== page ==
The surrounding area provides diverse recreational opportunities that attract windsurfers, skiers, and also kayakers, backpackers, runners, anglers, cyclists and mountain bikers. Across the river in Washington is the 1.3 million-acre Gifford Pinchot National Forest, the tiny town of White Salmon and its famous namesake river (popular with rafters and kayakers). Mount Saint Helens and Mount Adams are just about two hours from Hood River.

Economically, the area has diversified more in recent decades. Agriculture has been a steady driver of the area’s economy, with Hood River County’s “fruit loop” lined with orchards, farms and vineyards. The lush, rolling hills around Hood River have attracted more wineries and cideries lately. Technology, engineering and manufacturing companies have also set up shop, and the tourism industry is strong.

Hood River is like living in a breezy postcard. You’ll never be bored or have too much gear.

Population: 7,379
Median Home Price: $303,243
Median Income: $48,879
Fun fact: In the late 1800s, Hood River became famous for its apples, but after a big freeze, farmers replaced their apple trees with pear trees. Now, Hood River is the leading Anjou pear producer in the world.

Local Knowledge: Ashley Donkersloot, 28, director of operations at pFriem Family Brewers
Favorite activities: skiing at Mt. Hood Meadows, ski touring at Mt. Saint Helens and Mt. Adams, backpacking in the Cascades Range, paddleboarding in the Columbia, practitioner at Flow Yoga, going to shows at Columbia Center for the Arts


Sisters: The outdoor enthusiast’s everything

There’s a local saying: all roads lead to Sisters.

Sisters is either the last stop or the first stop before going over the McKenzie Pass–Santiam Pass Scenic Byway, an 82-mile drive into the Willamette Valley. Located at the base of the Cascade Range, the town’s namesake comes from the Three Sisters volcanic peaks that frame the town. Seven mountain peaks and one butte surround the town, giving ample jaw-dropping panoramic views. For those who love mountain sports and four seasons, who love solitude and dense ponderosa forests, Sisters does not disappoint.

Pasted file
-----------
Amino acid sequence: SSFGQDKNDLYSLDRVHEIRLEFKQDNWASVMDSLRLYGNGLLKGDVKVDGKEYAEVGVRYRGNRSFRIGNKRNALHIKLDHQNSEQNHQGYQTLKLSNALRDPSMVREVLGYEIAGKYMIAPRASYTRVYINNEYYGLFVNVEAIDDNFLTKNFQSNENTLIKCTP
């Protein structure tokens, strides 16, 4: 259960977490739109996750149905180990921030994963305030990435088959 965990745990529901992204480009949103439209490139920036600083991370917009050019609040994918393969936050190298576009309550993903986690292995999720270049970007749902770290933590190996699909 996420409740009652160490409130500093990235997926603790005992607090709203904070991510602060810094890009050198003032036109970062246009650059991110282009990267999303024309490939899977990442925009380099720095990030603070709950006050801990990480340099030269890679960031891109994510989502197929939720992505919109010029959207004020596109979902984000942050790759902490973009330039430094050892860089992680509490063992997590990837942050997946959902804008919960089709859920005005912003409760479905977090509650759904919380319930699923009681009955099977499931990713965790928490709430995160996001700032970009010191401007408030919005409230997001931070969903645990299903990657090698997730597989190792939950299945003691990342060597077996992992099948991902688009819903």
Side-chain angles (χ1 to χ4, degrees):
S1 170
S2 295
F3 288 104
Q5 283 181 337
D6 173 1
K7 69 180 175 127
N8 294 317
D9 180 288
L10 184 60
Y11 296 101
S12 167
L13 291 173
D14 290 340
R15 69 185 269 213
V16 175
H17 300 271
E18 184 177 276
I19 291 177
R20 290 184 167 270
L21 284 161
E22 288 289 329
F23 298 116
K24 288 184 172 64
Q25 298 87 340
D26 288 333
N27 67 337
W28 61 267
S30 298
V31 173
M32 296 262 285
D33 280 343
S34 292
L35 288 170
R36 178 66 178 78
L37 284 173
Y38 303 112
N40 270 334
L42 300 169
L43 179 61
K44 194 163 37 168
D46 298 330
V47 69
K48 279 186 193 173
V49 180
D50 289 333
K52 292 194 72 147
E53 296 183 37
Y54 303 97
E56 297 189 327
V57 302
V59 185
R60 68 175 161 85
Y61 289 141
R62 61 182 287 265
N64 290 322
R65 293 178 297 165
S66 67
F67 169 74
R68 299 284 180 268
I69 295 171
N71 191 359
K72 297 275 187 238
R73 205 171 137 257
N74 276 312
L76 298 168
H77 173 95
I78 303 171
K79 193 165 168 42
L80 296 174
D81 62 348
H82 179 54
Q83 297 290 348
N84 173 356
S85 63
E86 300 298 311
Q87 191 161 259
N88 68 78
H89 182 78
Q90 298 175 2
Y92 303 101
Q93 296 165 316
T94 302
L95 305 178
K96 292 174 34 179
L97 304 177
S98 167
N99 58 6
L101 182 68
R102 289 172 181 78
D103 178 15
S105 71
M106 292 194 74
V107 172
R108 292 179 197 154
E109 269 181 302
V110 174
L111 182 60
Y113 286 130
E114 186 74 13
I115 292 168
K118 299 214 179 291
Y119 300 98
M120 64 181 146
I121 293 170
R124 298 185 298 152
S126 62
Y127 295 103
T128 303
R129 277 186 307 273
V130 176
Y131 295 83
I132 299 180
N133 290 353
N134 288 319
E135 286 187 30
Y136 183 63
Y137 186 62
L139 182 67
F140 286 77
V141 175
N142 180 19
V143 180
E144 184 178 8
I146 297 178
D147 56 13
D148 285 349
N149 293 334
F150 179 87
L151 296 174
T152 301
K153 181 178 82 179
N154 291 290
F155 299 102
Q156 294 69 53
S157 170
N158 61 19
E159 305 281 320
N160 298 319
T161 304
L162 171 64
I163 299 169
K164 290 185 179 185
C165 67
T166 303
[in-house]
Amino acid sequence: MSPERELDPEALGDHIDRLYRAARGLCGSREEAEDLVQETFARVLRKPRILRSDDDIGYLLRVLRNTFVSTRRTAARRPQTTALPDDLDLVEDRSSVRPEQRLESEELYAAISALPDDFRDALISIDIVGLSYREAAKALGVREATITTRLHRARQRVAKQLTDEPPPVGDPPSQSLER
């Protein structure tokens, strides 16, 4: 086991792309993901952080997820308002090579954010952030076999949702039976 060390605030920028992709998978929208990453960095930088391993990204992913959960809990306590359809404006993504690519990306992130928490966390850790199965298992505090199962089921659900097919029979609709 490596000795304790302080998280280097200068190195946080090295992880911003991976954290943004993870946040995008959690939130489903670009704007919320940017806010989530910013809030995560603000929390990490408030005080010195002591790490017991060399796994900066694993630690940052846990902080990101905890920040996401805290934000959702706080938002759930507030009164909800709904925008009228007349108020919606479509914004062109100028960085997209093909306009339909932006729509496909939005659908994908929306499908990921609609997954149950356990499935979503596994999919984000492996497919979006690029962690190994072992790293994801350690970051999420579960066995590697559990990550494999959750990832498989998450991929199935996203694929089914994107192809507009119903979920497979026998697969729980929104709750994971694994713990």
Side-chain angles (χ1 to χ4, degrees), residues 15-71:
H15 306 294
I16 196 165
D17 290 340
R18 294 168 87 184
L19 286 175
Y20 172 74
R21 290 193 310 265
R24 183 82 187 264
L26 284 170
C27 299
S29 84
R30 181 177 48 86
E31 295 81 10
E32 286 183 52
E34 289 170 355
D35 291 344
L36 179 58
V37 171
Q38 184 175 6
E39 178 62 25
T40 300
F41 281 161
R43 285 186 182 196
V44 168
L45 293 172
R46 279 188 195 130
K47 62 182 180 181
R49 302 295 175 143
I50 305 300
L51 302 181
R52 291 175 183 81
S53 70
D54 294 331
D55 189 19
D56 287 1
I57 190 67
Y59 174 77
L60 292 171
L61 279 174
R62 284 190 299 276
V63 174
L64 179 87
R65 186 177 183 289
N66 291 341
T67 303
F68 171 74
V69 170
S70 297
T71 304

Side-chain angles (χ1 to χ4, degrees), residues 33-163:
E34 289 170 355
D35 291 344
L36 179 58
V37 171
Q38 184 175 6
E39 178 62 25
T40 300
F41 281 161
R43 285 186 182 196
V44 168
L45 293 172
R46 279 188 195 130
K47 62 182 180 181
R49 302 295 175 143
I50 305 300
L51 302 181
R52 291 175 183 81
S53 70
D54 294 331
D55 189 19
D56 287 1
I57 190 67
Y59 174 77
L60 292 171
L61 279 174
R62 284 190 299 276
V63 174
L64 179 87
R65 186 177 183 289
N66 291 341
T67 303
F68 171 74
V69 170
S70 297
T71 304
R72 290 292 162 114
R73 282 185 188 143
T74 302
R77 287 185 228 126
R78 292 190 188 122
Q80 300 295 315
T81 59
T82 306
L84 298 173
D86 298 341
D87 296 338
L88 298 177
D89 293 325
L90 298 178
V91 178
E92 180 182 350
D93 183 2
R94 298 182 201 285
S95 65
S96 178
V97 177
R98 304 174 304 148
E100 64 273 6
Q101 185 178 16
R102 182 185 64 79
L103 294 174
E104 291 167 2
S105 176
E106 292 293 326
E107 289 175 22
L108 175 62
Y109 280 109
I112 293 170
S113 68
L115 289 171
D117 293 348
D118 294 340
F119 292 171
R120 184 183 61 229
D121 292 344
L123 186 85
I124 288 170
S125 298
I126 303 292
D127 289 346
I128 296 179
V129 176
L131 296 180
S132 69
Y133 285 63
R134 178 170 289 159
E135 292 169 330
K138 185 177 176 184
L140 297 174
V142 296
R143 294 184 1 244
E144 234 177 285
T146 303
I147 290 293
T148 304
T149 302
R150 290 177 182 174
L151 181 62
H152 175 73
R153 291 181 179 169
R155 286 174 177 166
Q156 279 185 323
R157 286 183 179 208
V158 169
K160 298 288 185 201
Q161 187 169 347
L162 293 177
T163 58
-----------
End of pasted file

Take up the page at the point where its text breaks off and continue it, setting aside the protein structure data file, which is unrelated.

People from various walks of life take the plunge and move from California, Colorado, Idaho, Washington and even Ohio to reset in small town Sisters, because of its blue-ribbon schools, its proximity to the Cascade Range and the immense amount of recreational opportunities in skiing, mountain biking, paddle sports, climbing, fly-fishing, golfing, camping and hiking. The majority of four-wheel vehicles in town wear a crash pad, roof rack or bike rack (and in many cases, all of the above).

The Census does not indicate the number of residents from Northern California, Washington and greater Portland who live part of the year in Sisters. Just as there are seasonal jobs—fire crews and ski crews—so too are there second-home residents. Many live tucked away in the outskirts in the thick forest, some in neighborhoods, ranches and acreages in Deschutes County.

Telecommuters, retired professionals, artists, small business owners, tourism professionals, entrepreneurs, teachers, wildlife biologists, forestry professionals and wildland fire personnel populate the city. They come with intention of slowing down and waking up with crisp fragrant mountain air and ready to explore the nearby Peterson Ridge Trail, Three Creeks Wilderness, Deschutes National Forest or the Metolius River.

Sisters Folk Festival, Sisters Rodeo, Sisters Stampede and Sisters Quilt Show are seasonal and driving events that bring artists and visitors from around the world to the Central Oregon town. Sisters is the space where people understand simple living is quality living.

Population: 2,115
Median Home Price: $367,450
Median Income: $40,952
Fun fact: Sisters has a dark sky ordinance to protect the amazing star-filled nights.

Local knowledge: Brett Hersom, 40, interventional procedural consultant (health care industry)
Favorite activities: Backcountry skiing on Tam McArthur Ridge, riding singletrack on the Peterson Ridge Trail, fly-fishing the Metolius river, riding the scooter around with my daughter
“My wife and I both travel weekly for work. My aim was to land, reset and spend time in solitude. I feel that we’ve gained quality versus quantity in all that we are involved in—friends, community and recreation.”


Oregon City: Revitalization of the last Oregon Trail stop